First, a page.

Moisture on Your Feet – Moist, Very Wet or Very Dry

September 22, 2013 by · 1 Comment
Filed under: blister care, Foot Care, Health, Sports, Travel 

Back in May I posted an article about Training With Wet Feet. My being invited to work on the medical team at the Jungle Marathons in Vietnam and the Amazon prompted the article. While the Vietnam race had to be cancelled, the Amazon race is happening – in a bit over two weeks.

As I wrote in that article, it was long felt the best way to manage your feet was to keep them as dry as possible. This was more and more evident as Denise Jones and I worked the Badwater Ultramarathon in the heat of Death Valley each July. Runners who kept their feet dry typically finished better than those who had wet feet. This was also based on our experiences at Western States and other events.

Then came the invite to help at the Jungle Marathons.

The Jungle Marathons are run by Race Director Shirley Thompson and the Medical Team Manager is Vicky Kypta. They found their runners had a better race when they trained with wet feet. As part of their instructions to their race participants, they stress the importance of training with wet feet.

The reason for this is the Jungle Marathons are wet. Very wet is typical in the jungle. Whether through rivers or streams, the Amazon is full of water.

When I am helping runners at the race in early October, I will be closely monitoring the condition of their feet. I expect runners will use lubricants and other products to control the moisture, or powder, socks, well-draining shoes, and maybe a few home-grown tricks.

Over the past few months, I have shared some of the findings by Rebecca Rushton, a podiatrist from Australia. In her Blister Prevention Report, she talks about managing moisture control. She supports her report with studies from medical and other professional journals. What she found through the studies is that you could reduce the incidence of blisters by keeping the skin either very dry or very wet.

Rebecca writes that, “… the very high or very low skin moisture strategies aim to reduce the coefficient of friction value between the sock and the skin to below blister-causing levels.”

The Coefficient of Friction

The coefficient of friction (COF) is the number that represents the slipperiness or stickiness between two surfaces. According to studies, this number is generally below 1.0. Inside the shoe, the COF between the foot’s skin, and the sock and insole can range from 0.5 and 0.9. Compare this to the COF between a sock and a polished floor – about 0.2.

In Rushton’s report, she illustrates this with an example of a runner whose feet sweat a lot. His socks become damp, creating a moist condition. The COF in this case might be 0.7. By moving away from a moist condition to either very dry or very wet, the runner might reduce the COF to 0.5. If the runner’s blister-causing threshold is 0.6, getting to 0.5 will reduce his chances of blistering. Reducing the COF between your skin and socks/insole combination is important to having healthy feet.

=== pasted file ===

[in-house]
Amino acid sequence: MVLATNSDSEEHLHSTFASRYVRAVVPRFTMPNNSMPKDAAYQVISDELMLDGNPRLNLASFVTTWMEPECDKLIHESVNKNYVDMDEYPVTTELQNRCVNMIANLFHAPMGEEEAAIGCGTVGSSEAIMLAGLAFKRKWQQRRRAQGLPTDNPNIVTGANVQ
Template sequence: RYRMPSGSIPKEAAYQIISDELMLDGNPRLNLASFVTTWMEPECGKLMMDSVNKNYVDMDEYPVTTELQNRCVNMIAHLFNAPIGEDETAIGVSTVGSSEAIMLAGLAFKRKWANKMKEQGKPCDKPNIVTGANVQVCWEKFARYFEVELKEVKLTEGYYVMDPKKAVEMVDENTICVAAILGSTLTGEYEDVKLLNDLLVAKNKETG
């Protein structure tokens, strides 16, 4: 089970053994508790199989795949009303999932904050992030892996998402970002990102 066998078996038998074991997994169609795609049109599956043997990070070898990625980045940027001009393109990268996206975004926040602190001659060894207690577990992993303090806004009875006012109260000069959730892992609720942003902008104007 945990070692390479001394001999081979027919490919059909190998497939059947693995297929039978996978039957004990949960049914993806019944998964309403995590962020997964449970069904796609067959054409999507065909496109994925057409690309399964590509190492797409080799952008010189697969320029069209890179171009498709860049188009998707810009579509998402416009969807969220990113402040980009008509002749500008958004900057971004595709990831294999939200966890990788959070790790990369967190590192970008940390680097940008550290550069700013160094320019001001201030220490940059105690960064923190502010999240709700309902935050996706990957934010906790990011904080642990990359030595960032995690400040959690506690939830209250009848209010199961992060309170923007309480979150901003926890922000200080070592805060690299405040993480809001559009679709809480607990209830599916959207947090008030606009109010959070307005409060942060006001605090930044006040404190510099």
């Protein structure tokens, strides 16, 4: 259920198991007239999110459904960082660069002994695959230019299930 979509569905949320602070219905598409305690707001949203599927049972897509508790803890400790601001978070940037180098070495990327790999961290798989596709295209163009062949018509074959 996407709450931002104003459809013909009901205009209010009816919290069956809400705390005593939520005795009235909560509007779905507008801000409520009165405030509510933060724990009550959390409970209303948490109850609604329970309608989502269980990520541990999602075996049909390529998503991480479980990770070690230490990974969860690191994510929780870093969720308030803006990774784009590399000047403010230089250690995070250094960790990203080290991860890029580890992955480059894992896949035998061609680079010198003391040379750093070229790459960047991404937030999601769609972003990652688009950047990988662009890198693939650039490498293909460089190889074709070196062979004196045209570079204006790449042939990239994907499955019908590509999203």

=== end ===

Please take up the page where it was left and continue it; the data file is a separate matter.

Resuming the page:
Moist Skin

Moist skin produces higher friction than very dry or very wet skin. Whether skin is dry and becomes moist through sweat or through a water moisture source, or is very wet and becomes moist through heat or simply drying out, when it hits this middle stage, it becomes more susceptible to blistering.

Very Dry Skin

Drying the skin can be done with powders, antiperspirants or other drying agents, used by themselves or in conjunction with moisture control socks. Keeping the skin very dry is tough because our feet sweat naturally. Humid or hot conditions can also make it hard to keep the skin dry. Dumping water over your head to cool yourself can result in water running down your legs into your shoes – defeating your efforts to keep your feet dry. Airing your feet with shoes and socks off can help. If you use powders, make sure it is high quality and does not cake, which can be an irritant. When counting on any of these methods to keep your skin dry, you mush also have shoes that allow moisture to escape. That may include shoes with mesh uppers and drain holes in the arches and heels.

Very Wet Skin

Increasing skin moisture leads to very wet, lubricated skin that reduces the skin’s coefficient of friction. This can be through the use of a lubricant and or by simply having wet feet. The thing to remember is that over time, 1-3 hours, friction will increase as the lubricant is absorbed into the socks – so ongoing application is required.

Amazon Wet Foot

Amazon Wet Foot

Remember too what happens to your skin when you spend too much time in the water. It becomes weaker and less able to resist trauma on wrinkly skin. In extreme cases, the skin can fold over on itself and split. Severe maceration can be painful and athletes say it feel like a giant blister on the bottom of their feet.

In the Amazon Jungle Marathon, the trick will be to dry the feet at the end of each day’s stage. Because the feet will be wet during much of each day’s stage, the runners will have to find the balance between very dry and very wet, avoiding moist as much as possible.

Here’s some advice from my previous post about training with wet feet.

As said earlier, stop and deal with any hot spots as soon as you feel them. Check for folds in your socks, friction from dirt or sand, pressure inside your shoes – and get rid of these irritants. Lube the area or apply a piece of tape or blister prevention patch to help. This may seem like common sense, but many people ignore this simple step.